Doubts linger over licence fee refund

The verdict on the 2G licences granted during the tenure of former Telecom Minister A Raja has not only left the affected licencees in a quandary,it has also left most of them guessing about the fate of the money they shelled out for the spectrum in the first place

Written by ENS Economic Bureau | New Delhi | Published:February 3, 2012 1:26 am

The verdict on the 2G licences granted during the tenure of former Telecom Minister A Raja has not only left the affected licencees in a quandary,it has also left most of them guessing about the fate of the money they shelled out for the spectrum in the first place.

The government had realised Rs 12,386 crore from granting licences bundled with spectrum in 2008. With the apex court cancelling the 122 licences and declaring the process “wholly arbitrary and unconstitutional”,the house is divided as to whether the amount garnered would be refunded by the government to the licensees. While a section of the legal fraternity is of the opinion that the money paid by the licensees should have to be refunded when they surrender the spectrum,regulators and the government officials are convinced otherwise. Especially in light of the strong indictment by the apex court of not just the process of award of the licences,but also manner in which the “scarce natural resource… has been grabbed by those who enjoy money power and who have been able to manipulate the system”. If the players themselves were part of the loot,the question of a refund may simply not arise,according to them.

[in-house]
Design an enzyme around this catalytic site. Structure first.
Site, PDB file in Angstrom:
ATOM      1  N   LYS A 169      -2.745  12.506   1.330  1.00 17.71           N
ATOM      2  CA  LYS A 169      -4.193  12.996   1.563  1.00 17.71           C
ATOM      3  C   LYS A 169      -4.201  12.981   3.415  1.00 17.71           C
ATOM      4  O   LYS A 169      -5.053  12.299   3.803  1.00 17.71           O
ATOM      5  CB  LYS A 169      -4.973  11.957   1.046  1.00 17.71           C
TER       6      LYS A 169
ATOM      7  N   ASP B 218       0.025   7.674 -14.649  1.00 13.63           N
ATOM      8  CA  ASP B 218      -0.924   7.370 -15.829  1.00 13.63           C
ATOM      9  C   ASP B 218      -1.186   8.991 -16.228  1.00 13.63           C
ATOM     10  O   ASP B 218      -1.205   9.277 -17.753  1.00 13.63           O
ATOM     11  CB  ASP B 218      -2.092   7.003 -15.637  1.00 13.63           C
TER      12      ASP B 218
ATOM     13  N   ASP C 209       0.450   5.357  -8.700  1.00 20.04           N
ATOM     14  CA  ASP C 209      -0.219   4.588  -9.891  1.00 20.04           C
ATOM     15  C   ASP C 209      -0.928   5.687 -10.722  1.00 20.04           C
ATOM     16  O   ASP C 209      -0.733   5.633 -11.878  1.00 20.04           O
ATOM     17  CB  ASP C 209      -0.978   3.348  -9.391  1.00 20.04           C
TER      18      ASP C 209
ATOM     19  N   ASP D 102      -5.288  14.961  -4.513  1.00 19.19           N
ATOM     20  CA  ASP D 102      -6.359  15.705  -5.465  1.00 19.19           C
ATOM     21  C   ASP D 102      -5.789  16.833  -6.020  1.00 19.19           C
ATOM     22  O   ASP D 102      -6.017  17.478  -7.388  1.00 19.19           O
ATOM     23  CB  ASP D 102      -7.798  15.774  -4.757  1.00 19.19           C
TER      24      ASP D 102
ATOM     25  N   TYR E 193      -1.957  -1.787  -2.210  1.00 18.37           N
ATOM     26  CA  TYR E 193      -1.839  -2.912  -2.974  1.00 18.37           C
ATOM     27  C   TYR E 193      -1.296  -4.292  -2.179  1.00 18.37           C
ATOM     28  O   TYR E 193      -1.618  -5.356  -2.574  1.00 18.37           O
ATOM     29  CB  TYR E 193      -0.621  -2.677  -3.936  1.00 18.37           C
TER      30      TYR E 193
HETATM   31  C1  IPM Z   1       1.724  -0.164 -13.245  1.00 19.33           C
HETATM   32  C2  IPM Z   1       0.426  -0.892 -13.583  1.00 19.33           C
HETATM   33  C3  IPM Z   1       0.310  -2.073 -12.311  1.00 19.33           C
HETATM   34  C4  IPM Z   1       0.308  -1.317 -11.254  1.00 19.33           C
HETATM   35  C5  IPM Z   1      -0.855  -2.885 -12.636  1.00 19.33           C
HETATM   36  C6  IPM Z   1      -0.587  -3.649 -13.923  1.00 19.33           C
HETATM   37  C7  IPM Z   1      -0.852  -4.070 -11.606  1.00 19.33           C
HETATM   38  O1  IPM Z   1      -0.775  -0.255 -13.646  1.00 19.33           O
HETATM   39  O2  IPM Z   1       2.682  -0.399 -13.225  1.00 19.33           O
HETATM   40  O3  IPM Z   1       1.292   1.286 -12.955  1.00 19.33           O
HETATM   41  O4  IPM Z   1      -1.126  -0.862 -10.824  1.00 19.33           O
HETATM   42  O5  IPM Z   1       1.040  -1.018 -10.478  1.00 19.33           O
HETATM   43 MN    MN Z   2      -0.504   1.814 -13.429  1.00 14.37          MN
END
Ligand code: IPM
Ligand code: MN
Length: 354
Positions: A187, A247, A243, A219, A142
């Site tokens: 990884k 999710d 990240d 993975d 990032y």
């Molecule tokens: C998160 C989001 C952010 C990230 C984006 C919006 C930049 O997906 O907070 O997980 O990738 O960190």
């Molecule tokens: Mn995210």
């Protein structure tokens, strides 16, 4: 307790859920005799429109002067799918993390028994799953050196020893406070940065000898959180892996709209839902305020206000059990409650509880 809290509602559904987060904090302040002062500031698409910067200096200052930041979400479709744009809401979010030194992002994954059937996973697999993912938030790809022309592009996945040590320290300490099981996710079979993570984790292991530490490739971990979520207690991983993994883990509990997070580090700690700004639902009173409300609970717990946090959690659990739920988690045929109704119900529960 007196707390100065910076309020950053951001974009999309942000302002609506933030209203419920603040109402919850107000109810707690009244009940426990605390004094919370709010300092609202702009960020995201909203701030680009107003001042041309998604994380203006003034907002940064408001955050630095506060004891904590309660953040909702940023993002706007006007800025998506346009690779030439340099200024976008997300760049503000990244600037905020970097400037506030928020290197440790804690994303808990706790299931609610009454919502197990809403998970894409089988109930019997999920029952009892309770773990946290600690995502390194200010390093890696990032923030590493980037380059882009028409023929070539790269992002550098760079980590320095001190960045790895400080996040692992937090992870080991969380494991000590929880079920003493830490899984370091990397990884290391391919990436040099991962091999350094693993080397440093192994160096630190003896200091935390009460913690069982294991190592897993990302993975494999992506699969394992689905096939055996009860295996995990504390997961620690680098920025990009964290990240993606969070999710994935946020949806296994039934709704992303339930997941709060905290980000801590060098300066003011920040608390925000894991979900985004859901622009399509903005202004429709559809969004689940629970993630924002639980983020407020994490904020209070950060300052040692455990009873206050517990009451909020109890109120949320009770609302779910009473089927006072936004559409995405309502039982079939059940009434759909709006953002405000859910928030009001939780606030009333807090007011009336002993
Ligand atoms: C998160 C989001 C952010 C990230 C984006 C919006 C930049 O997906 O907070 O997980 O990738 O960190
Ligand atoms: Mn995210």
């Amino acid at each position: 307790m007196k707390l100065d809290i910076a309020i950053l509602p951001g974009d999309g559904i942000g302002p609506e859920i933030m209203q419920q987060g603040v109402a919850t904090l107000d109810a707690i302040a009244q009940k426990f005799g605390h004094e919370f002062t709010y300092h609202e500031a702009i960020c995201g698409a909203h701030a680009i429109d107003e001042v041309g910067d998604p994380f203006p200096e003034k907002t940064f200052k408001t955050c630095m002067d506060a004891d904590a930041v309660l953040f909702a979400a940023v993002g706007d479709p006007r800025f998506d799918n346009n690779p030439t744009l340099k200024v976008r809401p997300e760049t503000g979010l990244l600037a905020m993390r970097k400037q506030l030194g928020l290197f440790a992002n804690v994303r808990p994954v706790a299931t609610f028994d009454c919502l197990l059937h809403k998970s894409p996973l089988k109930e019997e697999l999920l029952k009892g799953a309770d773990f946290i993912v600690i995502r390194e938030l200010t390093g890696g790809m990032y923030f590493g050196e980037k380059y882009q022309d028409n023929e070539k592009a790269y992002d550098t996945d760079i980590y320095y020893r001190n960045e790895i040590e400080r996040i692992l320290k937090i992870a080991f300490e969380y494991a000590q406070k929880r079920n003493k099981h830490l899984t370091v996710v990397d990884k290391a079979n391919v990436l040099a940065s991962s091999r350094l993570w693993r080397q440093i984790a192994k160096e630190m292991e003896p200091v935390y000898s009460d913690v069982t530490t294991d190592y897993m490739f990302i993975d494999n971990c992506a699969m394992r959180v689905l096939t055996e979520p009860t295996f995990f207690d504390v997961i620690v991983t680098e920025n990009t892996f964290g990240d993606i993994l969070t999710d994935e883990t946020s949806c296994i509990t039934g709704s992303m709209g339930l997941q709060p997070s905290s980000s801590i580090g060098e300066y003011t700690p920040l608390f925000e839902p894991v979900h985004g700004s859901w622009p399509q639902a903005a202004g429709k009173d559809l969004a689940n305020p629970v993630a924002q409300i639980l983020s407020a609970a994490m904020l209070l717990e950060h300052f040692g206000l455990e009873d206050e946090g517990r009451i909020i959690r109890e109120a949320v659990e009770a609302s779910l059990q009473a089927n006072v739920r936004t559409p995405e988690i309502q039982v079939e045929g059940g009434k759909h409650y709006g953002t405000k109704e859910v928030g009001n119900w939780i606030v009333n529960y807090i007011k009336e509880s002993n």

Others differ in their assessment. “It (the refund) will be payable. Licences have been cancelled,money paid can not be forfeited. Licences were given against the spectrum. Now that they are returning it,the government will have to refund,” Hemant Sahai,managing partner of HSA said. Legal experts also opined that the money involved also has component of FDI that came into the country through FIPB route after all the regulatory approvals,and hence cannot be forfeited. “Private players were not a party to the decision of the government. Some private players also got FDI. There may come a situation where these foreign players may take the government to international courts,” Meet Malhotra,senior advocate,SC,said.

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